Menu Icon Search
Close Search

The Successful Match: Clerkship Grades

Created July 1, 2007 by Samir P. Desai, MD, and Rajani Katta, MD
Share

 

 

Which of the following is the most important academic criterion used by program directors to select residents?

A) USMLE step 1 score
B) USMLE step 2 CK score
C) Pre-clinical course grades
D) Third-year clerkship grades
E)Membership in Alpha Omega Alpha (AOA)

In our own surveys, we have found that students almost always answer this question incorrectly. Students generally base their answer on information gathered from classmates, upperclassmen, residents, and discussion forums, among others. These are all useful sources of information. The ideal way to answer this question, though, would be to discuss it with those individuals directly involved in the residency selection process—in particular, program directors in your chosen field. Ideally, this should be done early in your medical school education. With this knowledge in hand, you can make the most of your opportunities, placing yourself in a position to succeed and match with the specialty or program of your choice.

Fortunately, others have done this work and published their findings. A survey of approximately 800 program directors was performed by Dr. Wagoner, the former dean of students at the University of Chicago Pritzker School of Medicine. These program directors represented 14 specialties, and were surveyed about the importance of various academic criteria used in the selection of residents.1 Dr. Wagoner and her colleagues learned that grades in required clerkships are the most important academic criteria used to select residents.

At most schools, required or core clerkships include internal medicine, pediatrics, psychiatry, surgery, obstetrics/gynecology, and family medicine.Most medical students are surprised to learn that grades in required clerkships are ranked higher in importance than USMLE scores. In our inaugural column, we presented data from a survey showing that 44% of students from three U.S. medical schools perceived required third-year clerkship grades as moderately, mildly, or not at all important in the residency selection process.2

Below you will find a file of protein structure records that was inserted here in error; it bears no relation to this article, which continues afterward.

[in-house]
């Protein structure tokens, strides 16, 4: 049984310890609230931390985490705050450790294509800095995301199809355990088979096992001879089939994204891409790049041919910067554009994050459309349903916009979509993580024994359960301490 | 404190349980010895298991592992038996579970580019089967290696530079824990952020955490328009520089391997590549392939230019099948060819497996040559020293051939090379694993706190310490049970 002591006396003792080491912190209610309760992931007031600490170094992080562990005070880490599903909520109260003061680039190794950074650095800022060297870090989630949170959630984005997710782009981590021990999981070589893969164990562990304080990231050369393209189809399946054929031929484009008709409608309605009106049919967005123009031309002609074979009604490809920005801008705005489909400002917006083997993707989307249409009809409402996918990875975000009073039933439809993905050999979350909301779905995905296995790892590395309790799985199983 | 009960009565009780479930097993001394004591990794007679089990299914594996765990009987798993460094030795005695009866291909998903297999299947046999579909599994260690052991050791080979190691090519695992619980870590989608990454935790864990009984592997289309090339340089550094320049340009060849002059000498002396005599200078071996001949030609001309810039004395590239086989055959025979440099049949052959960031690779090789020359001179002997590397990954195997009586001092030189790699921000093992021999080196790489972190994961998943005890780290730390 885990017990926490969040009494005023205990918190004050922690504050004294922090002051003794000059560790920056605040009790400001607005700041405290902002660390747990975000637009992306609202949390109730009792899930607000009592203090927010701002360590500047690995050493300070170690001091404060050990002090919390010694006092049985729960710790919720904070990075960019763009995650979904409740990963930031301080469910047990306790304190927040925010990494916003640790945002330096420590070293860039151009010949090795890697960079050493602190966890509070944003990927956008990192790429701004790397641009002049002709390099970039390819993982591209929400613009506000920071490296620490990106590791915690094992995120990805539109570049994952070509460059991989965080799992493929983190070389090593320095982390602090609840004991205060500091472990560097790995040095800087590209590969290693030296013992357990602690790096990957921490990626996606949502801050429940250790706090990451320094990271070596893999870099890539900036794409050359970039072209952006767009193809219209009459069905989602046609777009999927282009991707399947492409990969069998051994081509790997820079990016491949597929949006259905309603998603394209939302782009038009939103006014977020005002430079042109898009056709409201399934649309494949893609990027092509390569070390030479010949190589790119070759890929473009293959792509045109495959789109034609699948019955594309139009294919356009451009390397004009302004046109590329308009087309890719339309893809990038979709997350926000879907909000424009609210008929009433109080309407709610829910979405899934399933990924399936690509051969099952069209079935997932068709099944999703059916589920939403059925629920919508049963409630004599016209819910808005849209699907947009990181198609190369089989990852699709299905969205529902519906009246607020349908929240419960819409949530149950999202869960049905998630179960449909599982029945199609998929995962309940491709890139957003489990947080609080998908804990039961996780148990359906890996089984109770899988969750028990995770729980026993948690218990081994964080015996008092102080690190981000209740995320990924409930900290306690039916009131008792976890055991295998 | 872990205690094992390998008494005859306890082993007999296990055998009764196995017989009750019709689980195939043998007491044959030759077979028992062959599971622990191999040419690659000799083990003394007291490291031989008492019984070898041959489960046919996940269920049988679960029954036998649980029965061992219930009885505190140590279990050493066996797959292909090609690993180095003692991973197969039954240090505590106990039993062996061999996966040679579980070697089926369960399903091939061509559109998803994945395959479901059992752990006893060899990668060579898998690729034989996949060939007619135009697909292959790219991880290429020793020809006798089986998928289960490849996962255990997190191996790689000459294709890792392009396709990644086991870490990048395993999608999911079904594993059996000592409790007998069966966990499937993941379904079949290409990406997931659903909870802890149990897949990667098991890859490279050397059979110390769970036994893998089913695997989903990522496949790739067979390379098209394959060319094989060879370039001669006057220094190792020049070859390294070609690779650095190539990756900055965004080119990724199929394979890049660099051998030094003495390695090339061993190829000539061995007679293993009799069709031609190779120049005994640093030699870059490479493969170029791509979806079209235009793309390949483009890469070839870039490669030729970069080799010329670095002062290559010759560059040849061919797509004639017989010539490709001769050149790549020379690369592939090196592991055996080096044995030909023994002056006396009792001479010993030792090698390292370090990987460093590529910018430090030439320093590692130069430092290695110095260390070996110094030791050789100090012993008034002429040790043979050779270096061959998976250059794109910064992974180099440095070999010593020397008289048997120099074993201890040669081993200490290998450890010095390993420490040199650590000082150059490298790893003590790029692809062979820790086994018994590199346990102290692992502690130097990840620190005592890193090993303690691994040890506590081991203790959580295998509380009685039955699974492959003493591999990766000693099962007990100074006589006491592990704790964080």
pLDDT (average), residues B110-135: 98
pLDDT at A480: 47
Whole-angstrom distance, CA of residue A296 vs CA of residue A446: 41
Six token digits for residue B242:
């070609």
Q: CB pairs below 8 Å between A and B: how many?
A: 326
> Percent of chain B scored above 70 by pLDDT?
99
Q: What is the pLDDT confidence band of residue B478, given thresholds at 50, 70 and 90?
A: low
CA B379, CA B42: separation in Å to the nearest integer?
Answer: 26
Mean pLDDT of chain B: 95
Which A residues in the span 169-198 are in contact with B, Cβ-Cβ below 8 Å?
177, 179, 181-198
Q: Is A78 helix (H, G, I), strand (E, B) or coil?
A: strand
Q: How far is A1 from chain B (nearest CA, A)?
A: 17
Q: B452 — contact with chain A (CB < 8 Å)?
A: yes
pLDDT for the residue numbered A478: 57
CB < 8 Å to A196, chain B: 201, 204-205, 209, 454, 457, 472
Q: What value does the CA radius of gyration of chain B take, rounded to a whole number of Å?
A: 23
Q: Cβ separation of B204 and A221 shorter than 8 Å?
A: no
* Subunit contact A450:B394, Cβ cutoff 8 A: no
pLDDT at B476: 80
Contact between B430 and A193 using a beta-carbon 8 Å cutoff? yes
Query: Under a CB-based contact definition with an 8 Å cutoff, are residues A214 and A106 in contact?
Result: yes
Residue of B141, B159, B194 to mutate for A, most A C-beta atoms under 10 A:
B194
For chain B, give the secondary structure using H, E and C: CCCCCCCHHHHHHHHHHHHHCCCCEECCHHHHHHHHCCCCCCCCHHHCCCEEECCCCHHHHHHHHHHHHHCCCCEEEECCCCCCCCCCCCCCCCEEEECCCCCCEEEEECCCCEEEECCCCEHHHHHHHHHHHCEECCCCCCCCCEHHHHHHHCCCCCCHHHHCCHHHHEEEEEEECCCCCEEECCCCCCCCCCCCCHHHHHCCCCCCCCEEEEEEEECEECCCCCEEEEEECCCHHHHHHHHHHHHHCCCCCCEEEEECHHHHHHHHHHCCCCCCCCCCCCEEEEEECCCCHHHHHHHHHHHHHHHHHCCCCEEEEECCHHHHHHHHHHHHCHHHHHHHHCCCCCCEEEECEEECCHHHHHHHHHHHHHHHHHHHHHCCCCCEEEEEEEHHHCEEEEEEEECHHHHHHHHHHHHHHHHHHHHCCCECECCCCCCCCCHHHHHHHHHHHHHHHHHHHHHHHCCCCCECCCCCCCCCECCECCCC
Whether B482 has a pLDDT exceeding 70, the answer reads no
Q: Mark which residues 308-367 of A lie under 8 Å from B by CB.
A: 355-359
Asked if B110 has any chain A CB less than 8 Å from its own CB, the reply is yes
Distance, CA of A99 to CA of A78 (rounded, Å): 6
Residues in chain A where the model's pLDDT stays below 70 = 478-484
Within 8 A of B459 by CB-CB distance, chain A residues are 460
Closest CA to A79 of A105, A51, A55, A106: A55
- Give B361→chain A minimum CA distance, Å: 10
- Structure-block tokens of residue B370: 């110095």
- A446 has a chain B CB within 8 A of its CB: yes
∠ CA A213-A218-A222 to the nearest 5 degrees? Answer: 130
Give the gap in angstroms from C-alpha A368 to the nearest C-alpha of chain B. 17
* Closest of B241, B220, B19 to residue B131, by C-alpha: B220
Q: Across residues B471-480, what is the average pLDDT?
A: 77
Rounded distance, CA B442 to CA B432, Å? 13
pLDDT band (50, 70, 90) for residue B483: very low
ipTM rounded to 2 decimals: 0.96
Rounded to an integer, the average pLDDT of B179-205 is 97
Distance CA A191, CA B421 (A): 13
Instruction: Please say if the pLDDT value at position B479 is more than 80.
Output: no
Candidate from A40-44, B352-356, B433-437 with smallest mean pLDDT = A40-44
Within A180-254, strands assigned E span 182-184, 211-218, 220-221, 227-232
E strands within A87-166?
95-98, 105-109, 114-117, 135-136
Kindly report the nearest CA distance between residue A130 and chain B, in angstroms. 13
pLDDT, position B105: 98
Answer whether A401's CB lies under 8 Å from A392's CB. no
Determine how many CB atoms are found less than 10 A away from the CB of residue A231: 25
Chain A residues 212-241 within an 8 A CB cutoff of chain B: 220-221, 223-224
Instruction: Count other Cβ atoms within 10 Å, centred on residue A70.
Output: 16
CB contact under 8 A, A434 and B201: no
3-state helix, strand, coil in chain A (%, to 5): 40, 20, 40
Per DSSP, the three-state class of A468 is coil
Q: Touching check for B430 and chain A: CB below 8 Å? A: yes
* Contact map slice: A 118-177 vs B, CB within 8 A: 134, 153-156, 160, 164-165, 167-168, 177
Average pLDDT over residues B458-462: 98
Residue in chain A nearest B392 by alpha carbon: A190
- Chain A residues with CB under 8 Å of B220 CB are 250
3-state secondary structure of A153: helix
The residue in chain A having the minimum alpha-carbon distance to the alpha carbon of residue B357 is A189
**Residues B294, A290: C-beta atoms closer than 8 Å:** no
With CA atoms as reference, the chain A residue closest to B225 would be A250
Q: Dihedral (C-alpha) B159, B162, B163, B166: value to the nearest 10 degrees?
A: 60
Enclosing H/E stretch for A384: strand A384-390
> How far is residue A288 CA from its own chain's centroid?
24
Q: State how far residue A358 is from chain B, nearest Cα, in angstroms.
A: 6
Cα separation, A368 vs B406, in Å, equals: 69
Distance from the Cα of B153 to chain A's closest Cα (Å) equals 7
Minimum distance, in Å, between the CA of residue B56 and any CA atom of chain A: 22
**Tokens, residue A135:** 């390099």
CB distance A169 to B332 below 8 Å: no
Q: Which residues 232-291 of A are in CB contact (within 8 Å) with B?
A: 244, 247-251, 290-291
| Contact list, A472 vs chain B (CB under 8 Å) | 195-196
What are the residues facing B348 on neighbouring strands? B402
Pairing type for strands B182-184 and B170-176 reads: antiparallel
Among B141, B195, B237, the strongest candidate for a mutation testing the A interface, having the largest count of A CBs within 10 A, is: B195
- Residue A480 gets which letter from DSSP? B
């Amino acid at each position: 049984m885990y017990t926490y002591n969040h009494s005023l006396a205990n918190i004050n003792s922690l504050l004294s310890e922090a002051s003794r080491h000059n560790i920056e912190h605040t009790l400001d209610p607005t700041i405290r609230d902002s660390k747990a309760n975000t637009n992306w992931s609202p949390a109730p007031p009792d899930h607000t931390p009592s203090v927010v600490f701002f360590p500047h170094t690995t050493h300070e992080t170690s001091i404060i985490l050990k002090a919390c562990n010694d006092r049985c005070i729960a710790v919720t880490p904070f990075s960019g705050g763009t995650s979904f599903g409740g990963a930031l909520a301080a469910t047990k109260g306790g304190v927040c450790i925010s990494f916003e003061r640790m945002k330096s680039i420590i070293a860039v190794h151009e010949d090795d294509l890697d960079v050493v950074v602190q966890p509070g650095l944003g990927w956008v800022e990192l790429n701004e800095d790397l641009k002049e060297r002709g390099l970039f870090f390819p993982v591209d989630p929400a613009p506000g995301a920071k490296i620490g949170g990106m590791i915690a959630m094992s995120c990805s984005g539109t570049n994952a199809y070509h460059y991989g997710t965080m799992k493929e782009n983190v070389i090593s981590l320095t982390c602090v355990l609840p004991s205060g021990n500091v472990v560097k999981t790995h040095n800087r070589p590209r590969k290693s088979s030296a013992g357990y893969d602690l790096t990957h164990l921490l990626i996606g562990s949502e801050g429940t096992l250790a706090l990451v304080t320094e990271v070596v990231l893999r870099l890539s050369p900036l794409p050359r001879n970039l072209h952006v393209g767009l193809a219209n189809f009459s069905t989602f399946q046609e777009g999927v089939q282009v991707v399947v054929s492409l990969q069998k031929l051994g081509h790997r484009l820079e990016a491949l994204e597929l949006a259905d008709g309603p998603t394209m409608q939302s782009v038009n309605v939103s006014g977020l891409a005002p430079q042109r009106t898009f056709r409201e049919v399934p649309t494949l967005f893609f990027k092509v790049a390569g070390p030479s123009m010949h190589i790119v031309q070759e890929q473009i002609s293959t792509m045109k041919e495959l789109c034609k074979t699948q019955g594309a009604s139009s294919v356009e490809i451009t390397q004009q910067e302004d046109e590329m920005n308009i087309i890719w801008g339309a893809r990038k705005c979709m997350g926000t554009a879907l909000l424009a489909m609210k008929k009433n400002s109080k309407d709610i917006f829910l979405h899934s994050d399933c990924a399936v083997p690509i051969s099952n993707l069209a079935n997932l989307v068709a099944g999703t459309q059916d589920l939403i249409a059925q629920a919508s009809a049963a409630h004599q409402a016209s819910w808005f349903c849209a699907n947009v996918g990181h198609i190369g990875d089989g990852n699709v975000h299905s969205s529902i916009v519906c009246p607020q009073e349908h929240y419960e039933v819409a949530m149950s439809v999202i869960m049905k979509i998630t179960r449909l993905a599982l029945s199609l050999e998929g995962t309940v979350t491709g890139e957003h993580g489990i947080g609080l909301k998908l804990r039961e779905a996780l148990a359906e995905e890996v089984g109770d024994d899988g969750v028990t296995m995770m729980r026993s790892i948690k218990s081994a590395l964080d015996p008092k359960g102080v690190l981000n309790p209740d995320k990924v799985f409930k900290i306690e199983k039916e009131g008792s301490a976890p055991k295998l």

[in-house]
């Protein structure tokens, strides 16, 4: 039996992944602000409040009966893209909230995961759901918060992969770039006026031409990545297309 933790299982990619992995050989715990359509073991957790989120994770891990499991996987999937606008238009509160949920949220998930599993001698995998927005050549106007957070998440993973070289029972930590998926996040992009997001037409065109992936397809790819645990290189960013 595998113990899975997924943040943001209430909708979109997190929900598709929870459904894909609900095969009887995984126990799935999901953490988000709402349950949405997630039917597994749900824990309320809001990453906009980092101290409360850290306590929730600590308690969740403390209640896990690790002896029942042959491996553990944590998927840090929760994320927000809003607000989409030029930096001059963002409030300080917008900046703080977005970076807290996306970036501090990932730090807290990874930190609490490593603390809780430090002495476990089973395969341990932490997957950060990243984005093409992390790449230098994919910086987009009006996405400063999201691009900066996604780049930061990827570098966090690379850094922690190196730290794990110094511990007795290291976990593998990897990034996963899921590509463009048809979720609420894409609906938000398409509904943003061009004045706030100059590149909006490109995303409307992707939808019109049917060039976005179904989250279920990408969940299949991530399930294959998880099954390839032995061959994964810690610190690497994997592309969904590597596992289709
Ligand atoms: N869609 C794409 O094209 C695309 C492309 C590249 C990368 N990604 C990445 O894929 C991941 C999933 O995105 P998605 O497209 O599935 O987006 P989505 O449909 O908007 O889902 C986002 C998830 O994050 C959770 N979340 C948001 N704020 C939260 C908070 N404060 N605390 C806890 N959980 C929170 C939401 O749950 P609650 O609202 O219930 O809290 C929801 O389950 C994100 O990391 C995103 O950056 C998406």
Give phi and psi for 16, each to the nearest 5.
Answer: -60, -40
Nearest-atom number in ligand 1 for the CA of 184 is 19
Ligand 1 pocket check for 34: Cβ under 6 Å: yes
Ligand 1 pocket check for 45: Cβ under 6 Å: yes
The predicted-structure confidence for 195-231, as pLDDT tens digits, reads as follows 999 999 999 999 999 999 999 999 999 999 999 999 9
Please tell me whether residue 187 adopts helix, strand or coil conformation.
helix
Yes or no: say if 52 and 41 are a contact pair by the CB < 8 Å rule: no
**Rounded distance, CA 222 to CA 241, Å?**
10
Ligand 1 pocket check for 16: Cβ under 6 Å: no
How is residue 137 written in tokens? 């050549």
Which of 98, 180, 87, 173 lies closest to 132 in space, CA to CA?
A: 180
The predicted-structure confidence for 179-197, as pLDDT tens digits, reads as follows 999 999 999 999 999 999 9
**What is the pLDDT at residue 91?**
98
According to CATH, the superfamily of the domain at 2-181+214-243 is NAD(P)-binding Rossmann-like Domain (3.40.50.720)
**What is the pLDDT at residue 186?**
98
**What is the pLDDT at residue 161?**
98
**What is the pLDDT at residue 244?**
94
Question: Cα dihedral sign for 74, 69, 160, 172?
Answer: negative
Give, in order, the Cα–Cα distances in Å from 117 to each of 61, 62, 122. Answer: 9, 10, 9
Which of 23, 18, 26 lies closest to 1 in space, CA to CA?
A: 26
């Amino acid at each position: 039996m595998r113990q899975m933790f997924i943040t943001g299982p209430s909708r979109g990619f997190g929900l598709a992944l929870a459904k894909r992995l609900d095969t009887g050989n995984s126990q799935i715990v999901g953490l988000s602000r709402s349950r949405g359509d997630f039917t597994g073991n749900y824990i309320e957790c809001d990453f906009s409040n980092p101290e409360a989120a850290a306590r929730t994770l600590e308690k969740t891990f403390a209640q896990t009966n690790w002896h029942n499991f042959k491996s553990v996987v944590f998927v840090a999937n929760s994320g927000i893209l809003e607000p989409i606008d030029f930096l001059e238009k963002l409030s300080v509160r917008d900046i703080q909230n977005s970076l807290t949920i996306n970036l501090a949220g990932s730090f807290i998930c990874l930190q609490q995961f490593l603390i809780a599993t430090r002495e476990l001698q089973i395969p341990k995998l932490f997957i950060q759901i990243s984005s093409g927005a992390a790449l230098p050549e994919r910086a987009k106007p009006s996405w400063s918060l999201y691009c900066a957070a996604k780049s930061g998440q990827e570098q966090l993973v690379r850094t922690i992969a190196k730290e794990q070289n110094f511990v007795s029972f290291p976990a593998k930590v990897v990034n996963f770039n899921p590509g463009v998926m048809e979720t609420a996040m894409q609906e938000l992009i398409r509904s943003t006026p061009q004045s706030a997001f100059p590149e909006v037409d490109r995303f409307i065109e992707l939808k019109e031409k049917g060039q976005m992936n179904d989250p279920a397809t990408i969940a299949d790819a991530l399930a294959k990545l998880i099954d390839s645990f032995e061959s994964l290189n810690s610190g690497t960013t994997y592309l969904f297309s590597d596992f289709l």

While many reasons exist for this disconnect between the perceived and actual importance of clerkship grades, we know that this can impact students’ efforts and attitudes during rotations.

As this article goes to press, we recognize that thousands of students across the country have begun, or are about to begin, their third year of medical school. Put simply, your performance this academic year can make or break your chances of a successful match.

  • Grades in required clerkships are the most important academic criteria used to select residents.
  • “Number of honors clerkship grades” was the second most important academic criteria used to select residents in the most competitive specialties.
  • Clerkship grades are the major determinant of class rank. The most competitive specialties rate class rank among the three most important selection criteria.
  • Clerkship grades are a major factor used by schools in electing students to the Alpha Omega Alpha Honor Medical Society (AOA). Election to AOA is highly valued by many competitive specialties. In some programs, and in some specialties such as dermatology, membership in AOA is used as a screening tool to determine which applicants are even considered for interviews.
  • Comments made by attending physicians on the clerkship evaluation form find their way, often verbatim, into the Medical Student Performance Evaluation (MSPE). The MSPE, formerly known as the Dean’s letter, is often scrutinized closely by residency programs.
  • Clerkship performance and grades are important in securing strong letters of recommendation. In competitive residencies where many applicants have excelled academically, letters of recommendation take on additional importance.